Home » General News » Dissertations: the need for careful checking and high quality presentation
last updated:07/02/2012 @ 9:13 am
Print this page

Dissertations: the need for careful checking and high quality presentation

As you will be aware, an essential part of training is the Faculty’s acceptance of a written piece of work demonstrating competency in research methods.
The Faculty appoints two assessors who jointly assess the quality of the dissertation (or equivalent evidence) to determine if the work achieves MFOM standards. The responsibility for determining the admissibility and adequacy of dissertations lies with the Chief Examiner (Research Methods). The Faculty’s Chief Examiner is currently Dr Kate Venables, supported by Dr Richard Preece as Deputy Chief Examiner.

Once assessed, dissertations may need to be modified as a result of the comments from the assessors. Often these are minor changes. However, some of the assessors’ comments state that written work submitted has contained gross spelling errors, errors in page numbering or referencing, and generally very poor presentation. Dissertations with these faults will automatically need revision. Trainees should make every effort to avoid submitting a poorly-presented dissertation; fluency and clarity in written work is a key competency for occupational physicians.

There has also been a recent significant increase in the number of dissertations which require major modifications. This suggests that some trainees may not have absorbed the feedback from their protocol reviewers, or may not have had adequate advice about posing clear questions and obtaining and presenting evidence to support their answers. Inevitably, major revisions need a full reassessment and the outcome (pass or fail) is always uncertain.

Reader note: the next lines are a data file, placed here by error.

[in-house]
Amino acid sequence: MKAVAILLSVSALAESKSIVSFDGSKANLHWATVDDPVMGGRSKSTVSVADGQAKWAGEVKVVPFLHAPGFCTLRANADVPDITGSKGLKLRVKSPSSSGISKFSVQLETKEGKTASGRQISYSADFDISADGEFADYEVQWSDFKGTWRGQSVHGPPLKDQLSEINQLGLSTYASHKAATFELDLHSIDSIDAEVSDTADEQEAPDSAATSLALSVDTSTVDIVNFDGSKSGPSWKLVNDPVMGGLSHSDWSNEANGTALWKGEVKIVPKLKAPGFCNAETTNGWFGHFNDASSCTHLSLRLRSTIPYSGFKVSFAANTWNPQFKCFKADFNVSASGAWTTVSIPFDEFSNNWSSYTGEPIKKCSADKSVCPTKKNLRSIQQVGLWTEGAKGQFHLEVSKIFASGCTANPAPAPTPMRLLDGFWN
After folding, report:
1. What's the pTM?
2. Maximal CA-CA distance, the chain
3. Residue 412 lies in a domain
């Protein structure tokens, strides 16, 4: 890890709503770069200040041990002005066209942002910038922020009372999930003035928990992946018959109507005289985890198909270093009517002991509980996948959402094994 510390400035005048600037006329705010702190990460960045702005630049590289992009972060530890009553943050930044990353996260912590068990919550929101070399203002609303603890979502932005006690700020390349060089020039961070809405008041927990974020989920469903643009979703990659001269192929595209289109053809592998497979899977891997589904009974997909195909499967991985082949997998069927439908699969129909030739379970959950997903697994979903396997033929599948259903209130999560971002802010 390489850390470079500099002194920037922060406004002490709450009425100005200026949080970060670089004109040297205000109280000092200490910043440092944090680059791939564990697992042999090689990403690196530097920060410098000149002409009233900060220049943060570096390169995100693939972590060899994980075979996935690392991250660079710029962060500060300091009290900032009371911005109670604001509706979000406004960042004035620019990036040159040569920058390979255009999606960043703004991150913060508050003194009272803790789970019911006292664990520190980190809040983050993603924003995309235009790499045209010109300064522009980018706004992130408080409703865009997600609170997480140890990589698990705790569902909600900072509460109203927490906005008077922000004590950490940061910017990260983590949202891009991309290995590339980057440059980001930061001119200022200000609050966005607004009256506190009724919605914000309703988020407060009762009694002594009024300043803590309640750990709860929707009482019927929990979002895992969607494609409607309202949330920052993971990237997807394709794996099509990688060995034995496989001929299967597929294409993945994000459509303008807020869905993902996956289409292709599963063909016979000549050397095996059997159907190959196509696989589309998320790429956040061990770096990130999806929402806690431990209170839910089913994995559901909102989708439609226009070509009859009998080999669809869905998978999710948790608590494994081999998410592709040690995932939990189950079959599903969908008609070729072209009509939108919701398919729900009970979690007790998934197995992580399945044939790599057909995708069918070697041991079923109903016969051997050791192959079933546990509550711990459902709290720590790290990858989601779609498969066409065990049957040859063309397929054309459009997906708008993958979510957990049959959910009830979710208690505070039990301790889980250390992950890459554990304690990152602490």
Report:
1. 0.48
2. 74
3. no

Educational supervisors have a key role to play in encouraging and guiding their trainees with their submission of a satisfactory dissertation. A dissertation which requires revision is disappointing and time-consuming and will delay the trainee’s progress which in turn is likely to delay the award of MFOM and subsequently CCT. Specialty occupational medicine training relies heavily on the expertise of, and supervision by, the trainer, and trainers are asked to consider how they might best help their trainee avoid the need for dissertation revisions.

The Faculty has produced guidance to help trainees and educational supervisors ensure that dissertations are well prepared and well presented at the first submission. Further details are available via the link below.

In addition, the Faculty is organising a workshop aimed at dissertation assessors and trainers, focusing on the principles of assessment for examining the MFOM dissertation. The event is due to take place in London on 12 March, 2012 and further information about the day is being emailed directly to assessors and trainers.
We are also planning a workshop for trainees, which will focus on study design and analysis for the MFOM dissertation. It will primarily be aimed at those trainees in the early stages of planning their dissertation. It will be held on Tuesday 24 April, 2012 at the Faculty’s office and further details will be available early in the new year.

Download dissertation guide as PDF

Added: 07/02/2012 Posted In: General News